1. Watering Techniques

Succulents should be irrigated regularly, but they should also be allowed to dry out between waterings.

Succulent plants should be wet once the surface of the soil feels brittle.

Eliminate excessive water loss succulents by allowing them to crisp up between watering exercises if you want succulent foliage to stay fresh.

2. Pruning Techniques

To eliminate excess succulent leaves, succulents should be trimmed regularly.

If you wouldn’t want your succulent leaves to turn yellow, it’s critical to keep succulents fit and active by regularly expelling dead or old succulent leaves!

3. Pot Dimensions

Succulents should be sown in succulent large enough pots to accommodate their root system.

Succulents will turn yellow if they are not given enough room to allow water and nutrients to meet the plant’s roots!

Succulent leaves turning yellow are often signs of waterlogging or underwatering succulents, so succulent plants must be provided sufficient space to remain green!

How to Determine Why Your Succulent Leaves Have Turned Yellow

Keep an eye on the leaf surface. The first step in determining what is causing your succulent leaves to turn yellow is to examine the leaves explicitly.

If you observe minor white bugs, you have a pest problem that must be addressed. You are overwatering if your leaves are soggy and soft.

If the leaves are saggy, you should water them again. If your succulent is lean and long, you should think about moving it to a location with more direct sun.

Execute the Finger Test

Confirm the soil if your succulent leaves are yellow because none of the other signs are apparent. Check the succulent soil with your finger to see if it’s moist.

If the soil is dry and the roots are yellow, water it more frequently than usual and modify your irrigation plans accordingly.

If the soil is moist, let it dry before soaking again. If it remains wet for an extended period (numerous days), you may have overwatered and decomposed your roots.

Bear in mind that yellow leaves at the bottom of the succulent plant are typical and that the plant may simply be losing some of its leaves.

You can either leave it alone or take off the excessively dehydrated and yellow leaves in this scenario.

Frequently Asked Questions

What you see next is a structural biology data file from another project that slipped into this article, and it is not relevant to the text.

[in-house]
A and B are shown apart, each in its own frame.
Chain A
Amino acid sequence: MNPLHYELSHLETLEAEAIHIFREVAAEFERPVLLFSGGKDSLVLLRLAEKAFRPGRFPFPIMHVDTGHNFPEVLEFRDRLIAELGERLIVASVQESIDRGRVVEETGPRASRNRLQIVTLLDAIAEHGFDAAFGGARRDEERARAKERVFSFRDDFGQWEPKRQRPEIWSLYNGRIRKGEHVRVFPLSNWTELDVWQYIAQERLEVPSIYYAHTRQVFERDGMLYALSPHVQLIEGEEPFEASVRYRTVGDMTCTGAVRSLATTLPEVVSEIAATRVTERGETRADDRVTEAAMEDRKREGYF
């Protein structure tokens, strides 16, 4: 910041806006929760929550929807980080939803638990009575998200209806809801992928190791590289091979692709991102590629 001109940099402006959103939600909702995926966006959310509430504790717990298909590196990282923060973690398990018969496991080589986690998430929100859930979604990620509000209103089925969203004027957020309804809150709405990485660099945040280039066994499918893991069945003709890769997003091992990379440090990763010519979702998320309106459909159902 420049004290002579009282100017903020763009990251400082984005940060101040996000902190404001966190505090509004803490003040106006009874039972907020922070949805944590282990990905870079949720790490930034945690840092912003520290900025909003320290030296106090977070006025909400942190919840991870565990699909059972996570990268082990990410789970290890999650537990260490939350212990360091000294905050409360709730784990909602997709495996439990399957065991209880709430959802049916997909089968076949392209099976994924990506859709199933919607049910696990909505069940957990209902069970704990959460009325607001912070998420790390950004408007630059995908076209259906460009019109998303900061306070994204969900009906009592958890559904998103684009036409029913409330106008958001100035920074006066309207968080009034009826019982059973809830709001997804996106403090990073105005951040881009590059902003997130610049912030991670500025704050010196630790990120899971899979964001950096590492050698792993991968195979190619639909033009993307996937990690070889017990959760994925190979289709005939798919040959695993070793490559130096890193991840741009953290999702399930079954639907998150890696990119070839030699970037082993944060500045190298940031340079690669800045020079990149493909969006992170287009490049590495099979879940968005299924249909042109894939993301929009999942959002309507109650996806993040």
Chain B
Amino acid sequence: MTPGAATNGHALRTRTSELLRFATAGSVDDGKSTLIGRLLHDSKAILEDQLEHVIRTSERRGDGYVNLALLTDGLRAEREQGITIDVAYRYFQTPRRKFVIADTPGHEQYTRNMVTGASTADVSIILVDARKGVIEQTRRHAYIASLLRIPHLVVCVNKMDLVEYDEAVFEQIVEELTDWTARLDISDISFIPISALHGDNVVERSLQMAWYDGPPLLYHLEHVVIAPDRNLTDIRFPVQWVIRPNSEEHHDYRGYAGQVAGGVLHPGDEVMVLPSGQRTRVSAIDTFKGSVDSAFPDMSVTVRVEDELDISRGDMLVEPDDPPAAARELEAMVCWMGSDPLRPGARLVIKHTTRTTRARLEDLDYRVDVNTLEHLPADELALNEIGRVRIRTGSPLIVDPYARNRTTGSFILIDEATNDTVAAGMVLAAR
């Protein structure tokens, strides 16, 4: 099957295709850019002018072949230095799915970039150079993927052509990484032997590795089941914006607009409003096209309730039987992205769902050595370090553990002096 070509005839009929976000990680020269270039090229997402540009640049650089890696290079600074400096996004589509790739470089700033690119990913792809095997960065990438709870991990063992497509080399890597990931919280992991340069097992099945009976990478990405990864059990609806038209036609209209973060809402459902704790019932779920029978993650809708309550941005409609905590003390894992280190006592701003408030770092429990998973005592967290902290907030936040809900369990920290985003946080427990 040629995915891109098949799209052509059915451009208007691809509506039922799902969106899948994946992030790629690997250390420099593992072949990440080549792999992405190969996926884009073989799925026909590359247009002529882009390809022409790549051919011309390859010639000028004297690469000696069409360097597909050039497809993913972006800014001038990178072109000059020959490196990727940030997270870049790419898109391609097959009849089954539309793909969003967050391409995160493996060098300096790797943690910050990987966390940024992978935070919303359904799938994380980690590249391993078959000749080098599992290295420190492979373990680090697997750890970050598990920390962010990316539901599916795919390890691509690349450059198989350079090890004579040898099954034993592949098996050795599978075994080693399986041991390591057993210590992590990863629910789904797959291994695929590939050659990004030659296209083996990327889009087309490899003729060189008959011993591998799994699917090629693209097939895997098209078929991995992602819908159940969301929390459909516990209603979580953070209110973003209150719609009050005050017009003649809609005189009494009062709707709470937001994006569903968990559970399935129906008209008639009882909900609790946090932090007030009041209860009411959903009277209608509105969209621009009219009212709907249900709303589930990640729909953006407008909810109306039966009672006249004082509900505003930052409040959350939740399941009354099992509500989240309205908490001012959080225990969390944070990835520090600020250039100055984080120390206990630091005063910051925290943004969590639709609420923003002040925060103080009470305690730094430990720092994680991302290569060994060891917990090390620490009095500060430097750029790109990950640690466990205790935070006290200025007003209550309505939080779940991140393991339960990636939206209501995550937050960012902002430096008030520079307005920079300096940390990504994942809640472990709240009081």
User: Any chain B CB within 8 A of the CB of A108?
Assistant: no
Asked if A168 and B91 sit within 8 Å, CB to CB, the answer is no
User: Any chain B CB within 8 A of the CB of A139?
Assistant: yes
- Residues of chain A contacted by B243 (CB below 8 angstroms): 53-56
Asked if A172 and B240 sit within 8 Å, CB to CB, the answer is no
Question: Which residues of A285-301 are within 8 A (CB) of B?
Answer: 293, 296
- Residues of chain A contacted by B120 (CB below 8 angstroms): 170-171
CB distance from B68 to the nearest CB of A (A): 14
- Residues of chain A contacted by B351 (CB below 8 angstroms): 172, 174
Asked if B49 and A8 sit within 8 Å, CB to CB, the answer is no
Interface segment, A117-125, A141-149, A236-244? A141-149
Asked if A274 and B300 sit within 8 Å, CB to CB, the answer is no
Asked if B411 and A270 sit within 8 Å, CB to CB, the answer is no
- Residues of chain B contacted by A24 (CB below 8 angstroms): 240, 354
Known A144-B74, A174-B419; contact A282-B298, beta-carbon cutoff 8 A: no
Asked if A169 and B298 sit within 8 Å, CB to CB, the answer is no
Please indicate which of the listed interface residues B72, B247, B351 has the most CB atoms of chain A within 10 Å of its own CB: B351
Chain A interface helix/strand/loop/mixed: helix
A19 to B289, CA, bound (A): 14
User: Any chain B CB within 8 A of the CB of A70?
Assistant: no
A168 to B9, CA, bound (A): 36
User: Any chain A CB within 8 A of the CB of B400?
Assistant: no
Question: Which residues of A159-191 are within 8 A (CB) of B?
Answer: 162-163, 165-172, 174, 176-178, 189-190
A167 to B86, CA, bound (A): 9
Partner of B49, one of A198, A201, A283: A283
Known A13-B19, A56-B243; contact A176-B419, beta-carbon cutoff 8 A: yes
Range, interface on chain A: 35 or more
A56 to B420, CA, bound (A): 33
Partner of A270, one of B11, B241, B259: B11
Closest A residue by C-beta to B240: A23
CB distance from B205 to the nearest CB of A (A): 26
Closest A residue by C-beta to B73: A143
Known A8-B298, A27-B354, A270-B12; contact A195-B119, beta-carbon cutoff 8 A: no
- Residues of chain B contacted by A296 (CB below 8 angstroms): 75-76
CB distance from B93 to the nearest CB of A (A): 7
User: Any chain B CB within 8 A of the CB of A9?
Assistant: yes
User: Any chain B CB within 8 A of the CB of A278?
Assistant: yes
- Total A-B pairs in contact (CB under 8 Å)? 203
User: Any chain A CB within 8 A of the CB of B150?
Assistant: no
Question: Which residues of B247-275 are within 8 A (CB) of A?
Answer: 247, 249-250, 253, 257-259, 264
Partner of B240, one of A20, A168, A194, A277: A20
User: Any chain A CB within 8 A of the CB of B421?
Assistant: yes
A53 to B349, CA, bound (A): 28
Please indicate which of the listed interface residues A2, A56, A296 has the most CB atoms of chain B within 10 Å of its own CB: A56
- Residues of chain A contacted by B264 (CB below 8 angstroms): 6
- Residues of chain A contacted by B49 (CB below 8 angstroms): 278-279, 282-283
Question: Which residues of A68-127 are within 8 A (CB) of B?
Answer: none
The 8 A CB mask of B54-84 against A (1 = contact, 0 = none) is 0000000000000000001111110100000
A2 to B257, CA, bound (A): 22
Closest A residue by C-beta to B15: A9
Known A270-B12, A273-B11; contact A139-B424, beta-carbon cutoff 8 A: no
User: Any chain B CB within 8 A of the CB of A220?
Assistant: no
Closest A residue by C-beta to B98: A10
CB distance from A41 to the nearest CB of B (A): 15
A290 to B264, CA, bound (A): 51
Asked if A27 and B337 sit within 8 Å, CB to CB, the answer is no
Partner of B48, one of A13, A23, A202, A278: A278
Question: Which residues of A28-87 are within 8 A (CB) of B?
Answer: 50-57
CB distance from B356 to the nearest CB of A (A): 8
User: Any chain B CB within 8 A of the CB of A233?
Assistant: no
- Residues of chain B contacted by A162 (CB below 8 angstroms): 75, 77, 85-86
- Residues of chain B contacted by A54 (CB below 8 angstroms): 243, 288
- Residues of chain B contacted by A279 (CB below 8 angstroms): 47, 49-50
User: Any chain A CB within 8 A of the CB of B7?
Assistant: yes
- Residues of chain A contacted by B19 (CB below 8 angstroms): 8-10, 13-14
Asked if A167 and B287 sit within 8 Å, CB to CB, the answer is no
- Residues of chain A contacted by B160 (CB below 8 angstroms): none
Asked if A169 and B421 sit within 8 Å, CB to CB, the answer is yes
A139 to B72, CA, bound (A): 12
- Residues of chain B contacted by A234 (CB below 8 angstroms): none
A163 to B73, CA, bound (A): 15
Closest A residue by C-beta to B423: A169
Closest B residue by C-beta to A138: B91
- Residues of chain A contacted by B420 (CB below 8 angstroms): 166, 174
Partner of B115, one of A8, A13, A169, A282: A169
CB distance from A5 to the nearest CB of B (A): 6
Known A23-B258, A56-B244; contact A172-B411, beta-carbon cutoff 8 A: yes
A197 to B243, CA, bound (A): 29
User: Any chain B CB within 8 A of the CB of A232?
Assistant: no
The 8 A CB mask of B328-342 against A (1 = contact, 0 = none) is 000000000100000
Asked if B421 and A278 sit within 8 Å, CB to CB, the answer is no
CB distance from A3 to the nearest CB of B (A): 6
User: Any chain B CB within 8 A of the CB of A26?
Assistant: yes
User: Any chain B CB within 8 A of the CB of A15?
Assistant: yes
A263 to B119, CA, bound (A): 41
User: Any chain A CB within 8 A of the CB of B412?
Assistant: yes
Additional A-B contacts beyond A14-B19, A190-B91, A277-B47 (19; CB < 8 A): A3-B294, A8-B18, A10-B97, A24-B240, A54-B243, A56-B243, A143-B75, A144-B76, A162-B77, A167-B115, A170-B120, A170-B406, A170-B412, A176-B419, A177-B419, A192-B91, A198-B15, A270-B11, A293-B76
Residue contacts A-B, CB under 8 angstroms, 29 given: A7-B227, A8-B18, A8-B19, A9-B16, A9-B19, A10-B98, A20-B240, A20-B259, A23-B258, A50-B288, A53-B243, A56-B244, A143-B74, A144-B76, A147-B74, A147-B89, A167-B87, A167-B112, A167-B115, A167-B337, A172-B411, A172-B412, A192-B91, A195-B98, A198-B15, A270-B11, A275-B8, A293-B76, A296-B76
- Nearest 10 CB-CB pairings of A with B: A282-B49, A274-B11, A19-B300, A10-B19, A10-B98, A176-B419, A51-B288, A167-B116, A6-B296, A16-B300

What is the best way to care for yellow succulents?

Repot the plant in an infomercial succulent combo or create your own. Re-pot the plant in a pot with a significant drainage pit, preferably in an acrylic terra cotta pot, letting the soil dry rapidly. When watering the repotted plant, make sure it is not sitting in a saucer filled with water.

Succulents favor what kind of illumination?

The majority of succulents favor vibrant, indirect light. Even if your indoor illumination is below ideal, some succulents can still flourish.

How should succulents be watered?

The “soak and dry” approach is the best method to water succulents. Soak the soil thoroughly, then allow it to completely dry before soaking again. Also, make sure the succulents are in a pot with a drainage hole and are in well-draining soil.

Is it possible for root rot to heal itself?

Because root rot cannot be reversed and spreads rapidly, leaving it in its present state of decay will eventually destroy the entire plant.

How does an overwatered succulent appear?

The look of the leaves is the best indicator of whether your succulent has been overwatered or underwatered. Overwatered plants have delicate, soggy, almost luminescent leaves, whereas underwatered plants have wrinkly, withered leaves.

Conclusion

When your plant begins to yellow, it is alerting you to concern. Early monitoring is crucial. Succulents are low-maintenance house plants that blend seamlessly in any room. Succulent leaves, on the other hand, can turn yellow at times. What could be the source of this?

Diseases, pests, and poor plant care have been identified as potential causes. Remove diseased leaves and any other decomposing content from the plant’s vicinity. To keep pests and diseases at bay, purchase organic or safe chemicals.

Constantly monitor the situation by moving your plant to a new pot. Split the plant from the other plants and keep it behind in a sterile environment.